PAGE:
Norfolk man convicted in crash case

Published 12:00 am Thursday, September 8, 2005

The driver in a crash that killed an acquaintance last Sept. 4 was convicted Wednesday of involuntary manslaughter in Circuit Court. Noting that Bryan Miller, 21, of Norfolk, had been traveling at an unsafe rate of speed and made conflicting statements to police and witnesses, Judge Westbrook Parker declared Miller guilty of the death of Brandon Bayens, 22, in a bench trial (he had been arrested in April).

Just before the accident, Bayens’ friend Ashley Hafford testified, Miller and Bayens had been at her home, and Miller had been bragging about his 2004 Dodge Neon, which he’d purchased seven months before.

&uot;(Miller) talked about how fast his car could do, and what he had under the hood,&uot; Hafford said.

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The men left the home, allegedly to get cigarettes from Bayens’ home. Along the way, the car, traveling far above the speed limit, flipped over in the 1000 block of Hosier Road just before midnight. Bayens, a construction worker and father of two children under age three, died at the scene.

Marcus Beale and Willie Parker, who had been riding in a car coming from the opposite direction, testified that they saw the car flip over three times, and that Miller told them that he was going to jail.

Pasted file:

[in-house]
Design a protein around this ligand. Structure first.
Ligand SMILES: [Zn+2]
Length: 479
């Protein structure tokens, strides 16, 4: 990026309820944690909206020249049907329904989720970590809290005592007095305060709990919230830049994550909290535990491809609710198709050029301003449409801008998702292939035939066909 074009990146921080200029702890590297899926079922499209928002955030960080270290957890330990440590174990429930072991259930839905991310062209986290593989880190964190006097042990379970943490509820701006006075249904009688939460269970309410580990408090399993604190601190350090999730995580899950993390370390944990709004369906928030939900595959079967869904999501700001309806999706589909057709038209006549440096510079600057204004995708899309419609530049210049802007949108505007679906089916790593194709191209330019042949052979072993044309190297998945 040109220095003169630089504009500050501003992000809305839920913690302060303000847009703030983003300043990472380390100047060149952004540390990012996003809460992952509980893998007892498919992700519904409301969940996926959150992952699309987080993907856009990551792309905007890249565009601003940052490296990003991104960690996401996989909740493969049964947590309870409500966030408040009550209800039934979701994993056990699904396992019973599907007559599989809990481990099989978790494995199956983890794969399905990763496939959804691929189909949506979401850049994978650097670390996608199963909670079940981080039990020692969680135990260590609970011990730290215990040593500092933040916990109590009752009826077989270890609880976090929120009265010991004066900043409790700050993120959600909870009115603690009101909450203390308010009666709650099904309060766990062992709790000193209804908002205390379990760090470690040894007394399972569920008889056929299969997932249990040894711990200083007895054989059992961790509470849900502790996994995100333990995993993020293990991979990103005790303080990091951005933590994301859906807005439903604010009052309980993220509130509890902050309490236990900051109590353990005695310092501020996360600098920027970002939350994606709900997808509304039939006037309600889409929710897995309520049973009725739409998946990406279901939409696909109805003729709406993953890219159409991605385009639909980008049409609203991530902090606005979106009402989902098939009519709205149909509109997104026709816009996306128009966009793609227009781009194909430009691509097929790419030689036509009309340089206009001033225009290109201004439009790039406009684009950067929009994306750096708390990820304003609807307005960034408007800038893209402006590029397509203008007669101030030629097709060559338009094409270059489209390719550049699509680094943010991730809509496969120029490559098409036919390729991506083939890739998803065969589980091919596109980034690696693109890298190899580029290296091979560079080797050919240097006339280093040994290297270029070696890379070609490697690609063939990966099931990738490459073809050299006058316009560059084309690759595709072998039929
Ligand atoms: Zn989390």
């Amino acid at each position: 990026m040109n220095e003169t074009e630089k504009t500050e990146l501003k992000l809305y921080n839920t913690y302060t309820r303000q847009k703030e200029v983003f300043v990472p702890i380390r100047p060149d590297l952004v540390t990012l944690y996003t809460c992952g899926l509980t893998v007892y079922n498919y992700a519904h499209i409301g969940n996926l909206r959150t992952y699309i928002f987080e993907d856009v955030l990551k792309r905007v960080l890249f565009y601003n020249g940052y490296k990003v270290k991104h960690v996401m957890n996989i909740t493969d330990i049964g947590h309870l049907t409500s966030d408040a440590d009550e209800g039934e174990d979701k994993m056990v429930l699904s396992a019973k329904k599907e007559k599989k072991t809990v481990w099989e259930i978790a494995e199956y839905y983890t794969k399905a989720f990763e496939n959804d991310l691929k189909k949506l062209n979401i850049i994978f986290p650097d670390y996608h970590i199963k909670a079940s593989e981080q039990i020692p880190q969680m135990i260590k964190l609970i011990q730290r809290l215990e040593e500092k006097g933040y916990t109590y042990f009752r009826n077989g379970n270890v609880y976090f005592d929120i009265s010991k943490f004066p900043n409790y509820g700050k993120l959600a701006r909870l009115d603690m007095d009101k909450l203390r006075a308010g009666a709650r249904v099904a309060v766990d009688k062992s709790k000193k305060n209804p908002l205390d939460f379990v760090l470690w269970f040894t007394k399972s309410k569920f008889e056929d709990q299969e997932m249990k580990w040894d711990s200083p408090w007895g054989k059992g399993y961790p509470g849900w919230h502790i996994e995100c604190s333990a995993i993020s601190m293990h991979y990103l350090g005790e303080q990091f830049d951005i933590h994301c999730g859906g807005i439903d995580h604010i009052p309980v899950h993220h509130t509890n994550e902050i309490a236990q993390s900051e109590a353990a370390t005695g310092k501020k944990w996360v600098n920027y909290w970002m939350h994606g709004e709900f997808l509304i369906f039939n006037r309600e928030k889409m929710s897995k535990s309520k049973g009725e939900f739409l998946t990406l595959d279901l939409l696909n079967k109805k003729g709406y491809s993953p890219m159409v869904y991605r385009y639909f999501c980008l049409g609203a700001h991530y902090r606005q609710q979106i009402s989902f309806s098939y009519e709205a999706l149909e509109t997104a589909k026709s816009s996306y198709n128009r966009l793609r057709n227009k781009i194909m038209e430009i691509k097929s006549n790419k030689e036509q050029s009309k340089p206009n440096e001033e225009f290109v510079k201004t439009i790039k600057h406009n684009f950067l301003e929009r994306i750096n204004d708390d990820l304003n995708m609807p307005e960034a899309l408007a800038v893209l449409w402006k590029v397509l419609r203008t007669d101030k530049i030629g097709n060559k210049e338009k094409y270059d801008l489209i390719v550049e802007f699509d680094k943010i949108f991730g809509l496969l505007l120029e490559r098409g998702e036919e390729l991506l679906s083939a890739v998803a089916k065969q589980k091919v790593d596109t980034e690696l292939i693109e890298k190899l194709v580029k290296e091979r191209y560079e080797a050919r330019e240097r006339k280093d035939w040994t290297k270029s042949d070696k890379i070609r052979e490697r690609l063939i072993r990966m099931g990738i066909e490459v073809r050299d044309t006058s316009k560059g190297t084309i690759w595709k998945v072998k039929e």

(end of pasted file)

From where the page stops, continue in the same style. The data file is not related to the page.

Master police officer Mark Erie testified that he smelled alcohol on Miller’s person and that his eyes looked bloodshot and clothes disheveled. Eric went on to say that Miller, underage at the time, told him he had had two beers, but did not run a sobriety test because Miller complained of pain in his head, arm and leg. He and trainee Heather Brooks testified that Miller seemed coherent and attentive to their questions.

Officer Duffie McLamb testified that Miller told him that the car had been going &uot;maybe 80 miles an hour.&uot; Prosecutor Jeff James elicited that skid marks had begun 280 feet from where the car was located.

A few days after the accident, Hafford said, she spoke to Miller, who’d been treated and released from Obici Hospital, on the phone, and he said that the car had been going &uot;between 130 and 160 miles an hour.&uot;

Dr. Joseph Saady of the state Department of Forensics in Richmond, testified that Miller’s blood alcohol level was .07, .01 below the legal limit, but illegal anyway since Miller was underage at the time.

After James rested, defense attorney Barton Daniel filed a motion to dismiss the matter, claiming that the situation did not meet the requirements for involuntary manslaughter. James and Parker disagreed, and, after a break, Miller took the stand.

He began by testifying that he’d worked a 12-hour shift, ending at 9 a.m. the morning of the crash. He and a friend went to Hafford’s house, and Miller denied boasting of his car’s speed, saying that his friend, referring to magazine articles he’d read, was discussing its speed.

Miller testified that Bayens offered him a beer. He at first declined, then drank it, and later had another alcoholic beverage, causing him to go outside and vomit.